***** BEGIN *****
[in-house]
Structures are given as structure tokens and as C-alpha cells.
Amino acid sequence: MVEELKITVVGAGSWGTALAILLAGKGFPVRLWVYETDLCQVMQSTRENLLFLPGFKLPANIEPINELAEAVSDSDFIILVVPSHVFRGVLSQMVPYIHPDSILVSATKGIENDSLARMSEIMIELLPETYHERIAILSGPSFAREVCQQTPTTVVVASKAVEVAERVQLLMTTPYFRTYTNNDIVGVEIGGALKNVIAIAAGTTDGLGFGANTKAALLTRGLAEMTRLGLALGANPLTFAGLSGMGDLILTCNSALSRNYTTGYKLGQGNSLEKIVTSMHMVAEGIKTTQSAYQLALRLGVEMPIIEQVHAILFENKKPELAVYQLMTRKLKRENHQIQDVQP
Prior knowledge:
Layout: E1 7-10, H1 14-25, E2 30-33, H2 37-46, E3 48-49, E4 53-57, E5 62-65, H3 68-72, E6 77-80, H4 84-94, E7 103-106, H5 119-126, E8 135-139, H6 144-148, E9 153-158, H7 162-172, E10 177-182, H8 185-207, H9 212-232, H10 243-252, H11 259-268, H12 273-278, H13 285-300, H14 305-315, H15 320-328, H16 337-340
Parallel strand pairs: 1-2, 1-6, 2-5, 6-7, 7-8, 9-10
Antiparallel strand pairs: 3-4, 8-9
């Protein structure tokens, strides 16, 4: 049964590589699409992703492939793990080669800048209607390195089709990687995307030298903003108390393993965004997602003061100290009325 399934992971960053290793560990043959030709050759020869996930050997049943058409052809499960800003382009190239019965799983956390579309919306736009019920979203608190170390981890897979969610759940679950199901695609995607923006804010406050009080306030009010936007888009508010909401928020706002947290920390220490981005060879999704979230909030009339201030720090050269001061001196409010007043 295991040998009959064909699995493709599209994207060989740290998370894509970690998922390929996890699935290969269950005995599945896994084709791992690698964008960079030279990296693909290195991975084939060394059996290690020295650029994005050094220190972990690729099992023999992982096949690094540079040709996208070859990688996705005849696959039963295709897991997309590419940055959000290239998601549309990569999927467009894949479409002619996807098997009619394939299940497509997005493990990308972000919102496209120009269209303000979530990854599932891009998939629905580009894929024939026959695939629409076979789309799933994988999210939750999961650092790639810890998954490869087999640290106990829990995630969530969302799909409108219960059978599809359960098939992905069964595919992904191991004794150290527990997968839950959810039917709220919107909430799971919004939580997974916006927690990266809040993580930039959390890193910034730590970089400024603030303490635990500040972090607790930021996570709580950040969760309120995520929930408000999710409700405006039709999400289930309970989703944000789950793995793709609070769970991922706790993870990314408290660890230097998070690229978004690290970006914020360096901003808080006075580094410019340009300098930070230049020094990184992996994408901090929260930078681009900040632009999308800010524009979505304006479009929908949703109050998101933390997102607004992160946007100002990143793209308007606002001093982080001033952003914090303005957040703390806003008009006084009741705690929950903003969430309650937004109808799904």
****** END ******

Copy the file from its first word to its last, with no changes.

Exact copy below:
[in-house]
Structures are given as structure tokens and as C-alpha cells.
Amino acid sequence: MVEELKITVVGAGSWGTALAILLAGKGFPVRLWVYETDLCQVMQSTRENLLFLPGFKLPANIEPINELAEAVSDSDFIILVVPSHVFRGVLSQMVPYIHPDSILVSATKGIENDSLARMSEIMIELLPETYHERIAILSGPSFAREVCQQTPTTVVVASKAVEVAERVQLLMTTPYFRTYTNNDIVGVEIGGALKNVIAIAAGTTDGLGFGANTKAALLTRGLAEMTRLGLALGANPLTFAGLSGMGDLILTCNSALSRNYTTGYKLGQGNSLEKIVTSMHMVAEGIKTTQSAYQLALRLGVEMPIIEQVHAILFENKKPELAVYQLMTRKLKRENHQIQDVQP
Prior knowledge:
Layout: E1 7-10, H1 14-25, E2 30-33, H2 37-46, E3 48-49, E4 53-57, E5 62-65, H3 68-72, E6 77-80, H4 84-94, E7 103-106, H5 119-126, E8 135-139, H6 144-148, E9 153-158, H7 162-172, E10 177-182, H8 185-207, H9 212-232, H10 243-252, H11 259-268, H12 273-278, H13 285-300, H14 305-315, H15 320-328, H16 337-340
Parallel strand pairs: 1-2, 1-6, 2-5, 6-7, 7-8, 9-10
Antiparallel strand pairs: 3-4, 8-9
């Protein structure tokens, strides 16, 4: 049964590589699409992703492939793990080669800048209607390195089709990687995307030298903003108390393993965004997602003061100290009325 399934992971960053290793560990043959030709050759020869996930050997049943058409052809499960800003382009190239019965799983956390579309919306736009019920979203608190170390981890897979969610759940679950199901695609995607923006804010406050009080306030009010936007888009508010909401928020706002947290920390220490981005060879999704979230909030009339201030720090050269001061001196409010007043 295991040998009959064909699995493709599209994207060989740290998370894509970690998922390929996890699935290969269950005995599945896994084709791992690698964008960079030279990296693909290195991975084939060394059996290690020295650029994005050094220190972990690729099992023999992982096949690094540079040709996208070859990688996705005849696959039963295709897991997309590419940055959000290239998601549309990569999927467009894949479409002619996807098997009619394939299940497509997005493990990308972000919102496209120009269209303000979530990854599932891009998939629905580009894929024939026959695939629409076979789309799933994988999210939750999961650092790639810890998954490869087999640290106990829990995630969530969302799909409108219960059978599809359960098939992905069964595919992904191991004794150290527990997968839950959810039917709220919107909430799971919004939580997974916006927690990266809040993580930039959390890193910034730590970089400024603030303490635990500040972090607790930021996570709580950040969760309120995520929930408000999710409700405006039709999400289930309970989703944000789950793995793709609070769970991922706790993870990314408290660890230097998070690229978004690290970006914020360096901003808080006075580094410019340009300098930070230049020094990184992996994408901090929260930078681009900040632009999308800010524009979505304006479009929908949703109050998101933390997102607004992160946007100002990143793209308007606002001093982080001033952003914090303005957040703390806003008009006084009741705690929950903003969430309650937004109808799904």